Despite a growing body of evidence with the use of these agents, efficacy and safety results do not tell the complete story with bevacizumab as combination therapy. Perhaps no other oncologic drug in recent memory has caused as much controversy as bevacizumab. In July 2010, the Oncologic Drugs Advisory Committee (ODAC) of the United States Food and Drug Administration (FDA) voted 12-1 to recommend withdrawal of the conditional approval of bevacizumab as front-line therapy for HER2 negative mBC based on their concerns of the potential serious adverse events with this agent, the lack of confirmation of the magnitude of benefit seen in the E2100 trial (comparing paclitaxel with and without bevacizumab10
) in the RIBBON-1 trial, as well as the AVADO trial, another seminal trial examining docetaxel with or without bevacizumab11
and the lack of improvement in OS in all those trials. On December 15, 2010, the FDA’s Center for Drug Evaluation and Research recommended to initiate the process of withdrawal of the approval of the breast cancer indication for bevacizumab.27
Subsequently, Europe’s regulatory body, the European Medicine Agency, released a statement that bevacizumab would remain as an option for metastatic breast cancer, but only when used in combination with paclitaxel.28
On June 27th–28th, 2011, the FDA conducted a hearing with the Center for Drug Evaluation and Research and the manufacturer of bevacizumab, Genentech, which further explored the approval of bevacizumab for treatment of metastatic breast cancer.29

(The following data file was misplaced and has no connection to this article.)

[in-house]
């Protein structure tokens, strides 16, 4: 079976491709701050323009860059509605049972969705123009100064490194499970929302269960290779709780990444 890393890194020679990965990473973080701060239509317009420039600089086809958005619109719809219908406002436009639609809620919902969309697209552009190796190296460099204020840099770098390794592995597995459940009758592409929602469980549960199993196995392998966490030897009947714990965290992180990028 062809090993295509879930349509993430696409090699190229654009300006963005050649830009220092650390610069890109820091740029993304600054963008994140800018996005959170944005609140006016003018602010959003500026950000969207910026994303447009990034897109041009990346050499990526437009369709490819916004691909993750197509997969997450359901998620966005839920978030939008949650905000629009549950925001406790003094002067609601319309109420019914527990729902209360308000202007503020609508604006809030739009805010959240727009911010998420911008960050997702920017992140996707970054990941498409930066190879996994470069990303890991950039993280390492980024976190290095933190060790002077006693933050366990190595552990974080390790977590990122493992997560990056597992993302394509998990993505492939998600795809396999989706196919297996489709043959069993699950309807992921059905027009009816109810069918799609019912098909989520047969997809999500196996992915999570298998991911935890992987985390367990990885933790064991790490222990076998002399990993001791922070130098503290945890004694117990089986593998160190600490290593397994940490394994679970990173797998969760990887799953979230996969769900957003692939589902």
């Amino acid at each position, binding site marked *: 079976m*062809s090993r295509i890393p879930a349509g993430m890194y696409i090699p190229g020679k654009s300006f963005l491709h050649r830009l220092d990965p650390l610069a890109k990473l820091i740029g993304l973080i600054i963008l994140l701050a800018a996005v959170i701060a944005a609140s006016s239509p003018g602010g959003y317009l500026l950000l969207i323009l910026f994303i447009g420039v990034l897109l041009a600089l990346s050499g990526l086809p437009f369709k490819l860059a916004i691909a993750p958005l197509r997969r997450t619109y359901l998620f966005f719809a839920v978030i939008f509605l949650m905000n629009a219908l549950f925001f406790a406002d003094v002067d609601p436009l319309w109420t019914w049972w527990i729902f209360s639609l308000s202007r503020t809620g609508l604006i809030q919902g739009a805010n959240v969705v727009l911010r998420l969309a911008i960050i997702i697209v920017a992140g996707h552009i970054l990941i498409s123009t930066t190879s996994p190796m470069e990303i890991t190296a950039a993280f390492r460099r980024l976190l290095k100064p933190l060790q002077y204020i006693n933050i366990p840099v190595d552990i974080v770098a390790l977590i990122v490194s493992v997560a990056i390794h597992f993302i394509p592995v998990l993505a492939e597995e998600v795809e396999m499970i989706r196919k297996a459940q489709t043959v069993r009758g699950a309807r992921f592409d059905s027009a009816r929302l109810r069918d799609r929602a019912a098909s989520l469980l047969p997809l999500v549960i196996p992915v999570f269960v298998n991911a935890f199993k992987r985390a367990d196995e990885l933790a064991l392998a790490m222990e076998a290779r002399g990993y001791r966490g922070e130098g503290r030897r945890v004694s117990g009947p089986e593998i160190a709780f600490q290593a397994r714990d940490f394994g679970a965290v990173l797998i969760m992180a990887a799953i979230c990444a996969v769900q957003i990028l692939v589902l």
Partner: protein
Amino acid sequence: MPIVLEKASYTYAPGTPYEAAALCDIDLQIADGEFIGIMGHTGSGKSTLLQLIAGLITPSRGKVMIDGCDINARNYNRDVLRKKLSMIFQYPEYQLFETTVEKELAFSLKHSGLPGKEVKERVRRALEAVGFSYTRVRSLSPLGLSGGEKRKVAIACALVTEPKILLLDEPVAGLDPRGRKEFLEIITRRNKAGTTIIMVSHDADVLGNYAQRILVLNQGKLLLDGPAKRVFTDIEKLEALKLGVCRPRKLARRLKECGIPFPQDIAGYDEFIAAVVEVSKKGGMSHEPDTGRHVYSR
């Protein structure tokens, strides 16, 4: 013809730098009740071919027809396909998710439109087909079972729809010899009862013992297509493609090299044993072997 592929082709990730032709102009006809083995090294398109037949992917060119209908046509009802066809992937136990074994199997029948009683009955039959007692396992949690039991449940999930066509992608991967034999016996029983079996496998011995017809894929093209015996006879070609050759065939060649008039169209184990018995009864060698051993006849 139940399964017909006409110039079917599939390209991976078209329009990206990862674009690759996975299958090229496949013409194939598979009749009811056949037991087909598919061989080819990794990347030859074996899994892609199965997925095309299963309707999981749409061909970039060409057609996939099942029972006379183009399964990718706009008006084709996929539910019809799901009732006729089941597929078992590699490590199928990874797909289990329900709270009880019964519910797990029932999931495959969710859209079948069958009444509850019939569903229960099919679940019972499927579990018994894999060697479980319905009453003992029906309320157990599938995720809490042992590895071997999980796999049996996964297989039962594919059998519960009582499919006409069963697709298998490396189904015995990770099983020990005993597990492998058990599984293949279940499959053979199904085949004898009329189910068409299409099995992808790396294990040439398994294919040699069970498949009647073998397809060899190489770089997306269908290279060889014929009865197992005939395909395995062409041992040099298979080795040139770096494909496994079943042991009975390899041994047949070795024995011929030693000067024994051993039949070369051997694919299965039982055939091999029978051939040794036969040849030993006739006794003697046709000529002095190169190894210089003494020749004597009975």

Following this meeting the Centers for Medicare & Medicaid Services made a public statement that they will continue to pay for bevacizumab when it’s used to treat metastatic breast cancer, even if the FDA decides to remove that indication from the drug.30
Also the National Comprehensive Cancer Network (NCCN), has voted overwhelmingly in favor of maintaining its recommendation that bevacizumab should continue to be available as an option to treat mBC.31
A final ruling from Dr. Margaret Hamburg, commissioner of the FDA, was still pending at the time of submission of this manuscript. Although bevacizumab is in no danger of removal from the market because of its current indications in other tumor types, the removal of the breast cancer indication from the labeling of bevacizumab would likely result in decreased ability of researchers and providers to use this medication in mBC.
It is also impossible to have a meaningful discussion regarding the use of bevacizumab in breast cancer without mentioning the concerns over cost of therapy. A study from Switzerland utilized the data from the avf2119, E2100, and AVADO studies to determine the cost-effectiveness of the addition of bevacizumab therapy in MBC.32
The conclusion of this study, conducted under the constraints of the Swiss health system, was that addition of bevacizumab to weekly paclitaxel was estimated to cost 40,369 euros (approximately $58,000 US dollars) for the gain of 0.22 quality adjusted life years, equaling an incremental cost-effectiveness ratio of 189,427 euros ($272,812 USD) per QALY gained. Of course, the improvement in survival needed to justify the use of a particular agent is subjective, but the authors point out that bevacizumab is expensive compared to common willingness-to-pay thresholds.